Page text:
Anyway, it sounds like this slip-up was a result of either a vague first draft translation, or the editor not knowing what was going on, possibly because of odd English wording. Probably a combination of both, as I believe the translators themselves were native Japanese speakers who lived in Japan at the time.
Also note that there’s no mention of “new” in the Japanese version.
After you defeat Master Belch, you can have coffee with a Mr. Saturn. When you do, some strange narration text scrolls while some soothing music plays.
There are a couple things of note to this. First, in MOTHER 2, this narration text includes kanji. This is notable because besides these narration scenes, all other text in MOTHER 2 is written in kana. The reason Itoi chose to write all the MOTHER games using kana only wasn’t because of technical issues, but because kana is closest to how people actually speak, and when he wrote the scripts for the games, he would say each line out loud over and over until it sounded just right, then he (or an assistant) would type in the polished line. This attention to detail gives the text to all the MOTHER games something a little extra, but it’s hard to pin a single word on it.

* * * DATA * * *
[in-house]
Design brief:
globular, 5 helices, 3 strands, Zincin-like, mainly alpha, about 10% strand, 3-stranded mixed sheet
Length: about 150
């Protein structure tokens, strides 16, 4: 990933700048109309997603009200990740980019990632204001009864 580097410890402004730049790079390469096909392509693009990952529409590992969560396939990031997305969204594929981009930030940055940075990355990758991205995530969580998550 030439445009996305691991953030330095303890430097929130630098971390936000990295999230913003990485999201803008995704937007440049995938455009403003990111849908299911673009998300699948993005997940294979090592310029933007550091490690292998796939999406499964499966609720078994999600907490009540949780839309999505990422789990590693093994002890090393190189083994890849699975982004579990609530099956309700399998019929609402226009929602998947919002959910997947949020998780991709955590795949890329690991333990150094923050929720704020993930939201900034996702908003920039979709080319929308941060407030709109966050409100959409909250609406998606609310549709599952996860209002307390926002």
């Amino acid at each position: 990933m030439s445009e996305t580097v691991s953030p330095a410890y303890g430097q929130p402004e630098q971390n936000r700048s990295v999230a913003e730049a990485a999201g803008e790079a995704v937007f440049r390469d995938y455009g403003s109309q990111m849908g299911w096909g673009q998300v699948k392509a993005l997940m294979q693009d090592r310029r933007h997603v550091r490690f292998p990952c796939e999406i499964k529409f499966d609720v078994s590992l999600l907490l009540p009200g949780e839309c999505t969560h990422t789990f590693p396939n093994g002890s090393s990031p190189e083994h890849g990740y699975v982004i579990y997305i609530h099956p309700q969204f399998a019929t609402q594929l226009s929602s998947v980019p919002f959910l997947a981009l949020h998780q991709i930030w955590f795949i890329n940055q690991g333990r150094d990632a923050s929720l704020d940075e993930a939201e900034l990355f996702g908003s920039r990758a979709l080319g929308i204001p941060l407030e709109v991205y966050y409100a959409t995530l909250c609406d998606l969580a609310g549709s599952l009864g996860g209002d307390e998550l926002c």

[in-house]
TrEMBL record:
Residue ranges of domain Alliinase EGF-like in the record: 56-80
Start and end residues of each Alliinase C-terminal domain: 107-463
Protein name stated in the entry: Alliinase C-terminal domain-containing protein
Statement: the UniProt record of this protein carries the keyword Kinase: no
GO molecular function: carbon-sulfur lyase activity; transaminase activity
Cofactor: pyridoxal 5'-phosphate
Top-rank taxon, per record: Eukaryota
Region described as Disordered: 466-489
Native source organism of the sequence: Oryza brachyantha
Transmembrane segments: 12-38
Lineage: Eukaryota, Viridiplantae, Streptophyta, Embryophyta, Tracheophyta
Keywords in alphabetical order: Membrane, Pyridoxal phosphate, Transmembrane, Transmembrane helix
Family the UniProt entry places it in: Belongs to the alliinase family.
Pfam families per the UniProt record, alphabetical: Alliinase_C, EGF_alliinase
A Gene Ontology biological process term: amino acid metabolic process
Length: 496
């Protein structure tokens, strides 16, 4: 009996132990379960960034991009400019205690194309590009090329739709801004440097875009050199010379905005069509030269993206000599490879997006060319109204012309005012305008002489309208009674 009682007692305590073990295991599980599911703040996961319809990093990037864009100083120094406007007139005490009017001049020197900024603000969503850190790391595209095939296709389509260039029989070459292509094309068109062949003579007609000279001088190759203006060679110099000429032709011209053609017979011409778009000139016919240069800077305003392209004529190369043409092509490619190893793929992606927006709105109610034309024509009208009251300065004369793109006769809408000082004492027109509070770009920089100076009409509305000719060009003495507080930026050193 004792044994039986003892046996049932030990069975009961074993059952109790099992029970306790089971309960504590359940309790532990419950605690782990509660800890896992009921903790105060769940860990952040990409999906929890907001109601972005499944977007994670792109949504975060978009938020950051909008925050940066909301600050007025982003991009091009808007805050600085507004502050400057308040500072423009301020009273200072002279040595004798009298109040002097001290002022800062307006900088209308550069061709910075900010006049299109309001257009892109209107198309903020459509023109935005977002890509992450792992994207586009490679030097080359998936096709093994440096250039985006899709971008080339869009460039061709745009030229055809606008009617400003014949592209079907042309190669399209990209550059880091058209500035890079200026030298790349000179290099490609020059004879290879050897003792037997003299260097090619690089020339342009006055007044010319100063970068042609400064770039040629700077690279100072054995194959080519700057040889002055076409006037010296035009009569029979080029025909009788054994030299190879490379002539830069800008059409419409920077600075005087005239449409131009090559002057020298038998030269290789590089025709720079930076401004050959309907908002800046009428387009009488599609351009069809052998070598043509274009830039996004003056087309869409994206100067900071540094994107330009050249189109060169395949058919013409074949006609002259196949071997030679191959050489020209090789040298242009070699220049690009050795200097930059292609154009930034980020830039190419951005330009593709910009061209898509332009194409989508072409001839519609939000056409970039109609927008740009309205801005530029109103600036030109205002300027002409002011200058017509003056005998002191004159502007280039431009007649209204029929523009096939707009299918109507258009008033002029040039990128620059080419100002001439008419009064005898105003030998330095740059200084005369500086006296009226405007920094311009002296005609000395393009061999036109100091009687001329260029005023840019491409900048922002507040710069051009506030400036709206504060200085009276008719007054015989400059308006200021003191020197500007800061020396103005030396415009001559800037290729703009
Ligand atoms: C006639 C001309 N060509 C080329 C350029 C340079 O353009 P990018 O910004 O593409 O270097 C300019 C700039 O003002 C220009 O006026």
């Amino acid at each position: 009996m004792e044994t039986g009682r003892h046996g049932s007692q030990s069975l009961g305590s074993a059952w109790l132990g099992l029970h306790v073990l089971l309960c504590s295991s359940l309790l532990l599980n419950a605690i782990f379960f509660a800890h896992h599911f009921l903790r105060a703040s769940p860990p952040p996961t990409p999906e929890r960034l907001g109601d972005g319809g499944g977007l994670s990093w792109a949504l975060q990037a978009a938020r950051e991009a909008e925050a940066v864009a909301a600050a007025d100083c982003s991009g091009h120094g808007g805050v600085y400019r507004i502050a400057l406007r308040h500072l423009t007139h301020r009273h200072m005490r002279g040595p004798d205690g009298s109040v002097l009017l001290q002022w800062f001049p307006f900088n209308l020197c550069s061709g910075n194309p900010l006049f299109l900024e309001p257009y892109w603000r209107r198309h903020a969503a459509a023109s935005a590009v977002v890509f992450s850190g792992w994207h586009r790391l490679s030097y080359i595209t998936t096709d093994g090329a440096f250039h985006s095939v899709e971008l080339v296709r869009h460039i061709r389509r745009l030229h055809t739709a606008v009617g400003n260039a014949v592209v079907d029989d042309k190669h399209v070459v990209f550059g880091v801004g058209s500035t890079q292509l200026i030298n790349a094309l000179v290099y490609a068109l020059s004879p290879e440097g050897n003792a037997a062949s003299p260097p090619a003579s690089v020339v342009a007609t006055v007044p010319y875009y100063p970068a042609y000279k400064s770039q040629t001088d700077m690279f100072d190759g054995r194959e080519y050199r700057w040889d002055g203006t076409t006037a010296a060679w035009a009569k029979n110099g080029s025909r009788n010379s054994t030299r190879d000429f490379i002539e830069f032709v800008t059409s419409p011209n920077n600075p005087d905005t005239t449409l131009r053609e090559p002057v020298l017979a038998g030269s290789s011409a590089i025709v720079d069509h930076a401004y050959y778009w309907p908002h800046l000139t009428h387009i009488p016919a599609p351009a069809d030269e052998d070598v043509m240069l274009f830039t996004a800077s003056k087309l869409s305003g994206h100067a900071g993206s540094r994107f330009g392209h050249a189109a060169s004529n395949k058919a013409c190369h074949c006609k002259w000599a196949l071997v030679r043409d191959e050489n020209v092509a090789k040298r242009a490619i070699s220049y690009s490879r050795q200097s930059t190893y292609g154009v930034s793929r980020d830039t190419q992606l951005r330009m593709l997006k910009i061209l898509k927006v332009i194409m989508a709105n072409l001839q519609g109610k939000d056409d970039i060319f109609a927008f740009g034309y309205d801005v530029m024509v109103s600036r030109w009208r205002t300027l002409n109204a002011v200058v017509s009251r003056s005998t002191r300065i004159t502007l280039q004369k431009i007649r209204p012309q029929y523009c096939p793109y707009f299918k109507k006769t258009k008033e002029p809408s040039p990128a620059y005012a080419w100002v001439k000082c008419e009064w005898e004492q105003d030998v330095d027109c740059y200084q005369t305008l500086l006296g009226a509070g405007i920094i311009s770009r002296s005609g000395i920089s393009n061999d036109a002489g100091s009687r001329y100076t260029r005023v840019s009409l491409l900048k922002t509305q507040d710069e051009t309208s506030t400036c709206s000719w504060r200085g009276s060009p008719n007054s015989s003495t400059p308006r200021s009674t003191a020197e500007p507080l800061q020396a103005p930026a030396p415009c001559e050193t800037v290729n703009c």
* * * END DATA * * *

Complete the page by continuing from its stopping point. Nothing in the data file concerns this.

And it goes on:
Of course, none of this is conveyed when translated into English, since we don’t use those writing systems.
The above trivia aside, the English translation of this text is actually nicely done. The only thing that’s noteworthy is that at the end of the Japanese version, whoever’s talking says, “May the goddess of good fortune smile upon you always.” As we’ve seen before, Nintendo of America didn’t allow certain religious vocabulary in their games, so this line was changed to the bland, “I wish you luck…” in EarthBound.
Actually, getting back to the kana/kanji thing, the reason he used kanji for these narration scenes, was because this ISN’T someone talking, at least not someone normal. This is some sort of strange narration, MAYBE with someone doing the speaking, given the content of what’s said, and the use of “kimi”. But, by having the text say, “I wish you luck…” the English translation suddenly 100%, undoubtedbly personifies the whole thing by giving direct evidence that there is a speaker. In MOTHER 2, there is no self-reference like this in this scene.